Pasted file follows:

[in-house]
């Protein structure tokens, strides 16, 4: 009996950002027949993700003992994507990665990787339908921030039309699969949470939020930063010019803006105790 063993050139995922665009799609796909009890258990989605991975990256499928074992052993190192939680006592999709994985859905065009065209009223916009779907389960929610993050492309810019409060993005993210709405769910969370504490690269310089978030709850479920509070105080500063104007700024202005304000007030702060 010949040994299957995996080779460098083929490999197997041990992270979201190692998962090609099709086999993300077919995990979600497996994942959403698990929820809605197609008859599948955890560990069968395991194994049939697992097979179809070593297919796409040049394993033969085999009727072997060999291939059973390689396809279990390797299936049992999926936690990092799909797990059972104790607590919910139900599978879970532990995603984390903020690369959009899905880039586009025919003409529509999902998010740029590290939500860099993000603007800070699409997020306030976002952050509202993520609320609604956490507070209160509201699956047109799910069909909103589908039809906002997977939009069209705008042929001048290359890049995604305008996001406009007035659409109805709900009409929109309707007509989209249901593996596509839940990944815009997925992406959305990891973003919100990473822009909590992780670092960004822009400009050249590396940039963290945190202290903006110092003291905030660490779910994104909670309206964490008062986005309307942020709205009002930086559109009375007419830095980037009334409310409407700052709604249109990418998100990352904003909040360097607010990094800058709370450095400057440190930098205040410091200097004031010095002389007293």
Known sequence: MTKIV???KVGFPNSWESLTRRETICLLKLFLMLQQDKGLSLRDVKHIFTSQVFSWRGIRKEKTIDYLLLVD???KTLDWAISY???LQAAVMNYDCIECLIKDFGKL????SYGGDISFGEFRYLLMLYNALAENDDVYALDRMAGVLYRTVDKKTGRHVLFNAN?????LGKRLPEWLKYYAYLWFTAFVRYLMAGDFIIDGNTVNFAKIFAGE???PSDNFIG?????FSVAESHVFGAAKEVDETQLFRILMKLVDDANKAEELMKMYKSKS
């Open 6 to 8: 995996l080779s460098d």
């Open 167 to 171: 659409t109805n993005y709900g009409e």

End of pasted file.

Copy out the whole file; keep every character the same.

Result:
[in-house]
């Protein structure tokens, strides 16, 4: 009996950002027949993700003992994507990665990787339908921030039309699969949470939020930063010019803006105790 063993050139995922665009799609796909009890258990989605991975990256499928074992052993190192939680006592999709994985859905065009065209009223916009779907389960929610993050492309810019409060993005993210709405769910969370504490690269310089978030709850479920509070105080500063104007700024202005304000007030702060 010949040994299957995996080779460098083929490999197997041990992270979201190692998962090609099709086999993300077919995990979600497996994942959403698990929820809605197609008859599948955890560990069968395991194994049939697992097979179809070593297919796409040049394993033969085999009727072997060999291939059973390689396809279990390797299936049992999926936690990092799909797990059972104790607590919910139900599978879970532990995603984390903020690369959009899905880039586009025919003409529509999902998010740029590290939500860099993000603007800070699409997020306030976002952050509202993520609320609604956490507070209160509201699956047109799910069909909103589908039809906002997977939009069209705008042929001048290359890049995604305008996001406009007035659409109805709900009409929109309707007509989209249901593996596509839940990944815009997925992406959305990891973003919100990473822009909590992780670092960004822009400009050249590396940039963290945190202290903006110092003291905030660490779910994104909670309206964490008062986005309307942020709205009002930086559109009375007419830095980037009334409310409407700052709604249109990418998100990352904003909040360097607010990094800058709370450095400057440190930098205040410091200097004031010095002389007293």
Known sequence: MTKIV???KVGFPNSWESLTRRETICLLKLFLMLQQDKGLSLRDVKHIFTSQVFSWRGIRKEKTIDYLLLVD???KTLDWAISY???LQAAVMNYDCIECLIKDFGKL????SYGGDISFGEFRYLLMLYNALAENDDVYALDRMAGVLYRTVDKKTGRHVLFNAN?????LGKRLPEWLKYYAYLWFTAFVRYLMAGDFIIDGNTVNFAKIFAGE???PSDNFIG?????FSVAESHVFGAAKEVDETQLFRILMKLVDDANKAEELMKMYKSKS
């Open 6 to 8: 995996l080779s460098d």
């Open 167 to 171: 659409t109805n993005y709900g009409e």